Of the 12,589 households, 34.7% had children under the age of 18 living with them, 62.9% were married couples living together, 7.9% had a female householder with no husband present, 25.5% were non-families, and 21.5% of all households were made up of individuals. The average household size was 2.59 and the average family size was 3.02. The median age was 41.0 years.[16]

The median income for a household in the county was $68,253 and the median income for a family was $80,832. Males had a median income of $55,988 versus $39,375 for females. The per capita income for the county was $31,091. About 3.5% of families and 4.5% of the population were below the poverty line, including 4.3% of those under age 18 and 2.4% of those age 65 or over.[18]



Provides access to the Interstate System, South Saint Louis County via the J.B. bridge as well as Downtown St. Louis and western St. Clair County
Provides access to the Interstate System, South Saint Louis County via the J.B. bridge as well as Downtown St. Louis and western St. Clair County
Main north-south corridor and the backbone of Monroe County
Briefly overlaps Illinois Route 159 in and just north of Hecker
Also called the Valmeyer highway or Hecker highway, west and east of Waterloo, respectively, it runs from the bluffs of the Mississippi to the Kaskaskia
The area's main link with central and eastern St. Clair County for those not near Hecker
Briefly overlaps Illinois Route 156 in and just north of Hecker
Significant eastern north-south corridor, provides alternate routes, and primary north-south link for Prairie Du Long and Hecker

County roads

runs along the bluffs from Palmer Rd. northwest of Columbia, through old Valmeyer and Chalfin Bridge, past Fults to Prairie du Rocher in Randolph County
runs from Illinois Route 3 in Waterloo (as Lakeview Drive) through Wartburg and Maeystown to Bluff Rd. at Chalfin Bridge
historic route from Kaskaskia to St. Louis, leaves Illinois Route 3 south of Waterloo, passes through Burksville and St. Joe, descends into the Bottoms outside Renault, crosses Bluff Rd. and railroad tracks to Stringtown Rd.
Runs from Route 3 west, past New Hanover down the Fountain Gap to Bluff Rd. at Miles Rd. and B Rd.. Marks approximate future border between Columbia and Waterloo.
Northern terminus at Rt. 3/Main St. four-way in Columbia, south across Hanover Rd., and southern terminus at HH Rd. northwest of Waterloo and near Annbriar Golf Course.
Runs from Gilmore Lakes Rd., north of Floraville Rd., west across Route 3 in Waterloo (as Country Club Ln.) to Bluff Rd. east of Fountain
Runs from the Mississippi River levee opposite Crystal City, Missouri, west across Bluff Rd. up the bluffs at Monroe City, through Madonnaville, across Maeystown Rd., through Burksville and Burksville Station, across Route 3 to J Rd. south of Route 156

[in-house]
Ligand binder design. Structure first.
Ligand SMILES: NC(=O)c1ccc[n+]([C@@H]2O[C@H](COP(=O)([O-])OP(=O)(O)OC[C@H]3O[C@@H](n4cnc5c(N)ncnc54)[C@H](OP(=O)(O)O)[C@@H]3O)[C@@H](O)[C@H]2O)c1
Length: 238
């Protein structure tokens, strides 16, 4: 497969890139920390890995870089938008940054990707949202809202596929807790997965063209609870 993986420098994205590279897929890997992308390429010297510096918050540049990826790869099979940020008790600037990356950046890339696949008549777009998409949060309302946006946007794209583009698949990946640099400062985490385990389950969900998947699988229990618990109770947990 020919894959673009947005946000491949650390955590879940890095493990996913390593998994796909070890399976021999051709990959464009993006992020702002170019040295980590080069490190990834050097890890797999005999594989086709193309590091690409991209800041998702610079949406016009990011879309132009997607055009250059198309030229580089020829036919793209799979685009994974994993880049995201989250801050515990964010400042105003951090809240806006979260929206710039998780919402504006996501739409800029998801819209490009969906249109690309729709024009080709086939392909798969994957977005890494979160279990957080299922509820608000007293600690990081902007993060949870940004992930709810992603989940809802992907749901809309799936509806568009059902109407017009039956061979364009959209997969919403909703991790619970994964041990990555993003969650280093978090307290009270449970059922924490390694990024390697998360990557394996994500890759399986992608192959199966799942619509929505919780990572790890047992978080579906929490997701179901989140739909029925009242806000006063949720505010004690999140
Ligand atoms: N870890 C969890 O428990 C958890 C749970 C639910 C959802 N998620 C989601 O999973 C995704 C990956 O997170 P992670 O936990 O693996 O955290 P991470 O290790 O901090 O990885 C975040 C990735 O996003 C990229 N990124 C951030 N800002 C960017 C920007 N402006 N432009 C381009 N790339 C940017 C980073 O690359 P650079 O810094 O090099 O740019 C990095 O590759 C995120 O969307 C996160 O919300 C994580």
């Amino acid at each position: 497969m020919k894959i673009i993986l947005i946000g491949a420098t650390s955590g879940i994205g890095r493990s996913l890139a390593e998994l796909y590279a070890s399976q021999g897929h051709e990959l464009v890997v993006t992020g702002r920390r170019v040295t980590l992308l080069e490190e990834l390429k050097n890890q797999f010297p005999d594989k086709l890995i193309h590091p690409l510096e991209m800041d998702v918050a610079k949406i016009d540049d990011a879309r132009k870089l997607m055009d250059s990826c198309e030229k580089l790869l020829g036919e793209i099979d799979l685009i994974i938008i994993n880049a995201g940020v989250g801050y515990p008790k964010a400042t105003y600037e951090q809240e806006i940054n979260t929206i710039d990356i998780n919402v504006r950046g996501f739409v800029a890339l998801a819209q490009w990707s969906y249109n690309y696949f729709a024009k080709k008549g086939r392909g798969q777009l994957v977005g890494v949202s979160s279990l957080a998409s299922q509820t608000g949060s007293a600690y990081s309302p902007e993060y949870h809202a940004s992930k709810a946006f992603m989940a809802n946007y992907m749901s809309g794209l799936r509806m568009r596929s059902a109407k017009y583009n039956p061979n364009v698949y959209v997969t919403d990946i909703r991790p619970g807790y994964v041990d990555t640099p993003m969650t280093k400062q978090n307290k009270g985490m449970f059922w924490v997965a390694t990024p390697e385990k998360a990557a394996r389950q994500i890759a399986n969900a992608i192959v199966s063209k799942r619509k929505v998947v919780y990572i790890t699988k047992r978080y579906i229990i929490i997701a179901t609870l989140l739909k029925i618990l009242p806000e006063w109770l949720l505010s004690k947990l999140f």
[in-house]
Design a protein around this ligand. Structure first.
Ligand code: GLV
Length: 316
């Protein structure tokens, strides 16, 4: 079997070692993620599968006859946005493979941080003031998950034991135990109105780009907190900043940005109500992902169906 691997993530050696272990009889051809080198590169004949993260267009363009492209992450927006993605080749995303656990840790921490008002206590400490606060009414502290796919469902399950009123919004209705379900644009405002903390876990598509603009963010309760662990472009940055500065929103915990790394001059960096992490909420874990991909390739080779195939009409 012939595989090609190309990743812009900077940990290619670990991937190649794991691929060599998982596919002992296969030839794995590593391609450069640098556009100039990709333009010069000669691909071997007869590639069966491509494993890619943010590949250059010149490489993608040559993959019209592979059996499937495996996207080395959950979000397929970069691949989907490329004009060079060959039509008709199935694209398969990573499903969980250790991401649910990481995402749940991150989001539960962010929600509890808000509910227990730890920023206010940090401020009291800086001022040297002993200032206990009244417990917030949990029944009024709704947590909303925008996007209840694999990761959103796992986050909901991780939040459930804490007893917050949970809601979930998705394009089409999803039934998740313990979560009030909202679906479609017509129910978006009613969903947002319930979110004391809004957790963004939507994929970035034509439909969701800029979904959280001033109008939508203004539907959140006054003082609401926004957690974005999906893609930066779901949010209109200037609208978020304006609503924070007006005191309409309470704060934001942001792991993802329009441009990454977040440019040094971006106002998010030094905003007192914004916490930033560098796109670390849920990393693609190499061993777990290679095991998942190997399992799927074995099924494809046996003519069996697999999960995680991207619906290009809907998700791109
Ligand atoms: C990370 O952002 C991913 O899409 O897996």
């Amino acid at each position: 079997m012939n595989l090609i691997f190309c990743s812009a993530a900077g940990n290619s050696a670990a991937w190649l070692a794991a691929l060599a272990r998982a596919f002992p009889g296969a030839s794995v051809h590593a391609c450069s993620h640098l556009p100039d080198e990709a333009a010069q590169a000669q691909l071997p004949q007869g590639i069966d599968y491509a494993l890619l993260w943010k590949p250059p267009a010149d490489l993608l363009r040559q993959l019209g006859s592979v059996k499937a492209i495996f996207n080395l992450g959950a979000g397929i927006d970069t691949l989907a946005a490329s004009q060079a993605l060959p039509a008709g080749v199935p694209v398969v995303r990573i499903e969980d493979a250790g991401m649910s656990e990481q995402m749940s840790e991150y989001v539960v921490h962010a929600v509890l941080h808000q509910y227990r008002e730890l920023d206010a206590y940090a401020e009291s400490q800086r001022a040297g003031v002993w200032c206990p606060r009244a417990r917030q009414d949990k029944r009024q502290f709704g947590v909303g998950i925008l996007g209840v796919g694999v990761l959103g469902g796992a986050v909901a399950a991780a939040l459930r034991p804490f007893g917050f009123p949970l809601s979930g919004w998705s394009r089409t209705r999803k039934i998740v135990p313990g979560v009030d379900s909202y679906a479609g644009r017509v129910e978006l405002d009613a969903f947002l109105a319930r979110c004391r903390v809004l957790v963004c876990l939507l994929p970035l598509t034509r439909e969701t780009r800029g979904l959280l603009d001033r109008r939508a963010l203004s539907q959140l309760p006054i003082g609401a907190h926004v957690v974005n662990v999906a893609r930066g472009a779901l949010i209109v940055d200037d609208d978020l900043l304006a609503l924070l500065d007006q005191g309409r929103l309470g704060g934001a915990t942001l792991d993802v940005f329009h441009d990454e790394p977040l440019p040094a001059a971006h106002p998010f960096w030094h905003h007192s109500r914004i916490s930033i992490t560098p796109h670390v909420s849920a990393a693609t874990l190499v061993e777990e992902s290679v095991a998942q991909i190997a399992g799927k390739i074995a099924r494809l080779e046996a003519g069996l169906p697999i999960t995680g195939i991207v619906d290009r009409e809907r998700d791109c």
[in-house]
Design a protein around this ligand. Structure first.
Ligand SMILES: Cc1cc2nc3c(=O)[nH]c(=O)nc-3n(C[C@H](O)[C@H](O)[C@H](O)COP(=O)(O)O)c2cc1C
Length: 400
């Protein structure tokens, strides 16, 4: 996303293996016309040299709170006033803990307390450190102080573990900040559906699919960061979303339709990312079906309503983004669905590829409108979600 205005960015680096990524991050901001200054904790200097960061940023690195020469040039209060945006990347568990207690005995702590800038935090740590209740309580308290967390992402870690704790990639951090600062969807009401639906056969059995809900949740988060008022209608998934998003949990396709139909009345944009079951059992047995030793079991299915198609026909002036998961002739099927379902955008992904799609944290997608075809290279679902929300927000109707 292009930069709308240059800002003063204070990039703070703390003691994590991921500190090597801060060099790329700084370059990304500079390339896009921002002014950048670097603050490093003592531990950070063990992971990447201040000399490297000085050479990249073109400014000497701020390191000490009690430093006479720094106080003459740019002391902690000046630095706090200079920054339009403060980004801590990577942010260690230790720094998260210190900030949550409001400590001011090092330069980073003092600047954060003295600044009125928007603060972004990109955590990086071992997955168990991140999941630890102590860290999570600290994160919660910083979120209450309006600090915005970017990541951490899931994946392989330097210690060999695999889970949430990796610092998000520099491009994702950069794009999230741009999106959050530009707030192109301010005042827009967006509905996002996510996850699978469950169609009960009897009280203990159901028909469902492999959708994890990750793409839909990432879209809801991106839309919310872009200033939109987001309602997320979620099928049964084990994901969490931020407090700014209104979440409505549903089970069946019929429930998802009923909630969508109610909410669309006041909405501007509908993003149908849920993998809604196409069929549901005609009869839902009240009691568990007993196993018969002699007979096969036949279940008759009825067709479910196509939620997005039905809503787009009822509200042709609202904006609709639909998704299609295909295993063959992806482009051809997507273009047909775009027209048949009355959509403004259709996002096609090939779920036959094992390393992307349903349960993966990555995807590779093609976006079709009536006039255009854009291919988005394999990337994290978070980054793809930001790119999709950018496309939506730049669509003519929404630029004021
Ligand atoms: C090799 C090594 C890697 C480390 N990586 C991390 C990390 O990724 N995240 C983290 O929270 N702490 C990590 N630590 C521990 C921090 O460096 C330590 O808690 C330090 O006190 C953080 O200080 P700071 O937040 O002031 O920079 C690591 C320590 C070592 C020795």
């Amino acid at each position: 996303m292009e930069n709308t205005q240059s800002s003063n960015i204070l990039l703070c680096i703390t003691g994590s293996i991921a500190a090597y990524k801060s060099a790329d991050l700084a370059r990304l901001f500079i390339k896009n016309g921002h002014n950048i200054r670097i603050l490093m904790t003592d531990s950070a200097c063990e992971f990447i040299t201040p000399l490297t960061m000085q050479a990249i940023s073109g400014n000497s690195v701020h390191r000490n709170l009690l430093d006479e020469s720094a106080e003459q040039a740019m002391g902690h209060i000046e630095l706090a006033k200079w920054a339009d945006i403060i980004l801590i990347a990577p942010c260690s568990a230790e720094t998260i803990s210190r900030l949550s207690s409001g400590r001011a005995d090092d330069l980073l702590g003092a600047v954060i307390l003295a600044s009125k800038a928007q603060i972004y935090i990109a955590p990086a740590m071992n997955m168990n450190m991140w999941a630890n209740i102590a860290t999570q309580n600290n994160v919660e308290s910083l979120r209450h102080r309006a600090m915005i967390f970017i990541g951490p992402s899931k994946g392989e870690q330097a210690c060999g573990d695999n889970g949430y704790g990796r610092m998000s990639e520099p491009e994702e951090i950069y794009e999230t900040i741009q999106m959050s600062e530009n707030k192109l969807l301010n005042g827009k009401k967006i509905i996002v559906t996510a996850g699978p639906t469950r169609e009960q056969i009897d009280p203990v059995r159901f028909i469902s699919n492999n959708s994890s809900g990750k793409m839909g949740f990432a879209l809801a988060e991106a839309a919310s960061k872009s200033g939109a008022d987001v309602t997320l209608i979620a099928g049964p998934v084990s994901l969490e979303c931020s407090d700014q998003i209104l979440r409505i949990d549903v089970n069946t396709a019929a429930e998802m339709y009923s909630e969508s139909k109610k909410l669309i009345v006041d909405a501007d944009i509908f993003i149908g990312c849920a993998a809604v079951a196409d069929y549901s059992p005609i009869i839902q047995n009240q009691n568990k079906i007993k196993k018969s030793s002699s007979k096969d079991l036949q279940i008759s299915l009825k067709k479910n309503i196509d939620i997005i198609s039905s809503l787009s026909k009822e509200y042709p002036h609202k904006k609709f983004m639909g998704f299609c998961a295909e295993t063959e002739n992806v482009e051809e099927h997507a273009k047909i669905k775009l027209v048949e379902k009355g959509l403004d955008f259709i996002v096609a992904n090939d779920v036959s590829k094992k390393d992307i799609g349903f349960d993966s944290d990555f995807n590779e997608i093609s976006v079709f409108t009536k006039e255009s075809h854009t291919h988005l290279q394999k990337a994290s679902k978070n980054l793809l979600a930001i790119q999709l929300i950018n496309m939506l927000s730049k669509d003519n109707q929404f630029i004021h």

With a western terminus at Franklin St. in Maeystown, it travels east across Kaskaskia Rd., through Tipton, across Route 3, temporarily overlaps with J Rd. for about 0.5 miles east of Rt. 3 and west of Rt. 159, crosses Rt. 159 south of Hecker and north of Red Bud, ends with eastern terminus at Beck Rd. just west of the Kaskaskia River and near the Nike Missile Site.

Public Transportation

There is a regular MetroBus express bus, 502X Waterloo-Columbia, running from Waterloo, through Columbia, to the MetroLink station in East St. Louis.


J. B. Bridge during the flood of 1993
Bridges and ferries
Jefferson Barracks Bridge - crosses the Mississippi northwest of Columbia, carries Interstate 255
Bridges and ferries

The closest access to and bridges over the Kaskaskia are downriver at Baldwin in Randolph County and upriver at New Athens in St. Clair County. South of Monroe County, there is a ferry across the Mississippi in Randolph County, providing access to Ste. Genevieve, Missouri and Pere Marquette State Park, and a bridge at Chester.


While the railroad played a large part in the history and development of the county, the main line through the county, running along Illinois Route 3, has been abandoned and removed. However, Union Pacific tracks run through the Bottoms from the intermodal yard at Dupo in St. Clair County, running roughly parallel to Bluff Rd. which crosses them several times, through old Valmeyer and Fults on past Prairie du Rocher in Randolph County. The tracks are still in use, but carry only freight, and have no stops in Monroe County.


There is a small airfield in the Bottoms west of Columbia called Sackman Field.




Unincorporated Communities

Former Settlement


For census and election purposes, Monroe County is currently divided into 26 numbered precincts (1-27, for some reason there is no Precinct 14). However, for geographical, genealogical, and historic purposes the older, named precincts are of greater utility.

named for the ubiquitous limestone cliffs it sits atop and which run along its western bounds.
formerly Eagle Precinct from the original French name for their settlement, L'Aigle
honors William Henry Harrison who also gave his name to a settlement
so named for the Mitchegamie Indians who at one time inhabited the extreme southern part of the county
after John Moredock, territorial legislator, and Major commanding a battalion in the War of 1812
named after the settlement began by James Lemen, a confidante of Thomas Jefferson, in 1786
as with the settlement, its name recalls Hanover, Germany, hometown of the settlements founder
from hybrid French/English "Long Prairie", it was added in 1825, after the county's genesis, the strip along the river in 1827.
also a settlement, for Philip Francois Renault of the French Company of the Indies, an early exploiter of the area